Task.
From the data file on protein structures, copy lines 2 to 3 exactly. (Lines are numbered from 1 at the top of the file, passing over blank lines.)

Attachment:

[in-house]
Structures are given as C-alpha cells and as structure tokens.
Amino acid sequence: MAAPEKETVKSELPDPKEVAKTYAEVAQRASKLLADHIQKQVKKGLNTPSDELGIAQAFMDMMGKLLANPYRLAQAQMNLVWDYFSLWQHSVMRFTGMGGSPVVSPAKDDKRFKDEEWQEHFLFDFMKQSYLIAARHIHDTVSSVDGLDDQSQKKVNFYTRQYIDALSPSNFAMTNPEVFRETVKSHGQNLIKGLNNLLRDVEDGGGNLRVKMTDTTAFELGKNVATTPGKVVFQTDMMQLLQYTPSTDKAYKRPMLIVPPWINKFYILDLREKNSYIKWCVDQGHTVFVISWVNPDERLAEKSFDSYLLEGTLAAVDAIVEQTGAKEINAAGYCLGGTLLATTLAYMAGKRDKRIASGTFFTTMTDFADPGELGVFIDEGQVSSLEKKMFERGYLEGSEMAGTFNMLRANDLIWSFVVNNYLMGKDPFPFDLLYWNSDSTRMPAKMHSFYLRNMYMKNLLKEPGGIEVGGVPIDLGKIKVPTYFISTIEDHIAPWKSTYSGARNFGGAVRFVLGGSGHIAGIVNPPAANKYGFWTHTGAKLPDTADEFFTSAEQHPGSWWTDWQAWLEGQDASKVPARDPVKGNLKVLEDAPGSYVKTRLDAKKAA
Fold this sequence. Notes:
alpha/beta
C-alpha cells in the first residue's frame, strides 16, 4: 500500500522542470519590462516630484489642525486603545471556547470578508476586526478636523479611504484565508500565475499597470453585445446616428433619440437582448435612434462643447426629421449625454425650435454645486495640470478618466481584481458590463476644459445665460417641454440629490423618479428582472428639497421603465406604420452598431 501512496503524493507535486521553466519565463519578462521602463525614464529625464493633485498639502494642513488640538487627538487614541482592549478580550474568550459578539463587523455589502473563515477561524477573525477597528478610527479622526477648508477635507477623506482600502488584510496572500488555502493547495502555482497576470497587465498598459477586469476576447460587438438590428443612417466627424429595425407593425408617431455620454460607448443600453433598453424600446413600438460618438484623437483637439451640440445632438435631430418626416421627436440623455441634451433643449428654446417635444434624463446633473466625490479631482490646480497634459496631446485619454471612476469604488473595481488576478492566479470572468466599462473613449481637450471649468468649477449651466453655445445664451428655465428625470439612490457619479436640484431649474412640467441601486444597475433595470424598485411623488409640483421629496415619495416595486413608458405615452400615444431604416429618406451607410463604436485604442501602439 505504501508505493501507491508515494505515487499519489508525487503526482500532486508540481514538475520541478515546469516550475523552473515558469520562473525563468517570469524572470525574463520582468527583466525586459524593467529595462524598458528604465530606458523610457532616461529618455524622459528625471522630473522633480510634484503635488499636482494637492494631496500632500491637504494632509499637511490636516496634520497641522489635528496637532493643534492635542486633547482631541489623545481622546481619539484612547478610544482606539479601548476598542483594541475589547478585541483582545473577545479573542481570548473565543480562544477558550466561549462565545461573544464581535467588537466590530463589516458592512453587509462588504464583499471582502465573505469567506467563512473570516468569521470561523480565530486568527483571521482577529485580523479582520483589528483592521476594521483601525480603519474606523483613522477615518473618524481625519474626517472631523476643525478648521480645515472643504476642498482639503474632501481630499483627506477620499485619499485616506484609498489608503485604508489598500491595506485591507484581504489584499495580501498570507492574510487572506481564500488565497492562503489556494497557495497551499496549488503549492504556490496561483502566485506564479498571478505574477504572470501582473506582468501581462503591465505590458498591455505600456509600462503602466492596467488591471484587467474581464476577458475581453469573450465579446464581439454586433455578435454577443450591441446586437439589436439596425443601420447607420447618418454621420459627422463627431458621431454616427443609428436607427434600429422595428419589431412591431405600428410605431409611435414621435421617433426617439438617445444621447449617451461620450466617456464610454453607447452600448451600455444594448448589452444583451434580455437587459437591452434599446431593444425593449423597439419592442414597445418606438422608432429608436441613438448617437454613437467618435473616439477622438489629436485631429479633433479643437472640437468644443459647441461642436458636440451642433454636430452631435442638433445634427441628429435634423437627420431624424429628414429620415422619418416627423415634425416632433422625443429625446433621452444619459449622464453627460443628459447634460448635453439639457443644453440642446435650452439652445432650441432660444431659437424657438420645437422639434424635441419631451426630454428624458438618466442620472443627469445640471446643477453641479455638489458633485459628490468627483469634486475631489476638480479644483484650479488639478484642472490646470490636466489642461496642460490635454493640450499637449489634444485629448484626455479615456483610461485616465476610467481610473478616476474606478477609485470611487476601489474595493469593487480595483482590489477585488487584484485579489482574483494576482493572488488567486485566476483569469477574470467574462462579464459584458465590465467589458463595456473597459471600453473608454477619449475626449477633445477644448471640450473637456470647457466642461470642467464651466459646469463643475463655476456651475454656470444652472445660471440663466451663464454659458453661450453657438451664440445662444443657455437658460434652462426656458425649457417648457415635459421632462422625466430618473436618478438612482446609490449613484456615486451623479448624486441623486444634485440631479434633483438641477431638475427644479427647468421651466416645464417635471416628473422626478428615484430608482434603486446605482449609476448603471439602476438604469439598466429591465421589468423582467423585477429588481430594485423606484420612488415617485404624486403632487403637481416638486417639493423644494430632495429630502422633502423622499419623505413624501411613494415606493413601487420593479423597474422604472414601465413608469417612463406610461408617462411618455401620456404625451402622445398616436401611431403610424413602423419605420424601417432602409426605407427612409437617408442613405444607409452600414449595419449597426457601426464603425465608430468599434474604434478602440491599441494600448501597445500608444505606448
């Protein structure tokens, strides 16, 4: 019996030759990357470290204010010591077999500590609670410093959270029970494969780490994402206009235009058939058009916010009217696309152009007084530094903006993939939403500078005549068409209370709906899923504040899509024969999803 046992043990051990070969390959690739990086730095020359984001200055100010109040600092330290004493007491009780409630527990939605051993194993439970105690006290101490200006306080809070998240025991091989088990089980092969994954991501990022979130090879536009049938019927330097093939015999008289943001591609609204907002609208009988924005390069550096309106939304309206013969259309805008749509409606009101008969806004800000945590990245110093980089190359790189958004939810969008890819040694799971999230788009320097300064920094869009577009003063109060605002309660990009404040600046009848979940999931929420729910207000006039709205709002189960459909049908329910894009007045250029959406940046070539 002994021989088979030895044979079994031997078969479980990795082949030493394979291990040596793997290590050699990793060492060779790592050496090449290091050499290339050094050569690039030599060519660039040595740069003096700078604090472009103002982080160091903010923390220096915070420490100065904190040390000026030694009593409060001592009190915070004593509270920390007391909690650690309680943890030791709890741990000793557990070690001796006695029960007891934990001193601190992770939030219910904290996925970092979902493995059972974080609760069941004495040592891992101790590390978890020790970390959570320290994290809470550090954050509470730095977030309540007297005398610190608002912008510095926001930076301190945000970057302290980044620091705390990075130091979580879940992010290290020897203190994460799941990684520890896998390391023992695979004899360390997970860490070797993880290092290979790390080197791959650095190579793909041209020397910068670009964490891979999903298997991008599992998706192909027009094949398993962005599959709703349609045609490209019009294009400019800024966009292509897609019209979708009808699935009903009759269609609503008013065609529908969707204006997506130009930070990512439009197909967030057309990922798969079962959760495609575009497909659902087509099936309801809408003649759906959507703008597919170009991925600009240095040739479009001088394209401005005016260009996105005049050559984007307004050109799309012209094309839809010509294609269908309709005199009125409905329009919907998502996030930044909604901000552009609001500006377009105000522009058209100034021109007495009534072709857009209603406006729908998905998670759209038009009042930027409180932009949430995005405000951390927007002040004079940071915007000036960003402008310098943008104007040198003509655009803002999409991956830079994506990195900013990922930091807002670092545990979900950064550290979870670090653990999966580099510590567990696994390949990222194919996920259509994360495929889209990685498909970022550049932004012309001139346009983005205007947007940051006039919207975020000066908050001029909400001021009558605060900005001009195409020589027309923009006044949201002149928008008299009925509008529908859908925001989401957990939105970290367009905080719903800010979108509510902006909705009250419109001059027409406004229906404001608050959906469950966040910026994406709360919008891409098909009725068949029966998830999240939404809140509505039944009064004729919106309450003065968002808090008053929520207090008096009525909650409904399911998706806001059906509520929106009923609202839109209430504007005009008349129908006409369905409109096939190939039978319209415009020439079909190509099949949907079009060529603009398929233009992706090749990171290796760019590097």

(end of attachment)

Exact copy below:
Structures are given as C-alpha cells and as structure tokens.
Amino acid sequence: MAAPEKETVKSELPDPKEVAKTYAEVAQRASKLLADHIQKQVKKGLNTPSDELGIAQAFMDMMGKLLANPYRLAQAQMNLVWDYFSLWQHSVMRFTGMGGSPVVSPAKDDKRFKDEEWQEHFLFDFMKQSYLIAARHIHDTVSSVDGLDDQSQKKVNFYTRQYIDALSPSNFAMTNPEVFRETVKSHGQNLIKGLNNLLRDVEDGGGNLRVKMTDTTAFELGKNVATTPGKVVFQTDMMQLLQYTPSTDKAYKRPMLIVPPWINKFYILDLREKNSYIKWCVDQGHTVFVISWVNPDERLAEKSFDSYLLEGTLAAVDAIVEQTGAKEINAAGYCLGGTLLATTLAYMAGKRDKRIASGTFFTTMTDFADPGELGVFIDEGQVSSLEKKMFERGYLEGSEMAGTFNMLRANDLIWSFVVNNYLMGKDPFPFDLLYWNSDSTRMPAKMHSFYLRNMYMKNLLKEPGGIEVGGVPIDLGKIKVPTYFISTIEDHIAPWKSTYSGARNFGGAVRFVLGGSGHIAGIVNPPAANKYGFWTHTGAKLPDTADEFFTSAEQHPGSWWTDWQAWLEGQDASKVPARDPVKGNLKVLEDAPGSYVKTRLDAKKAA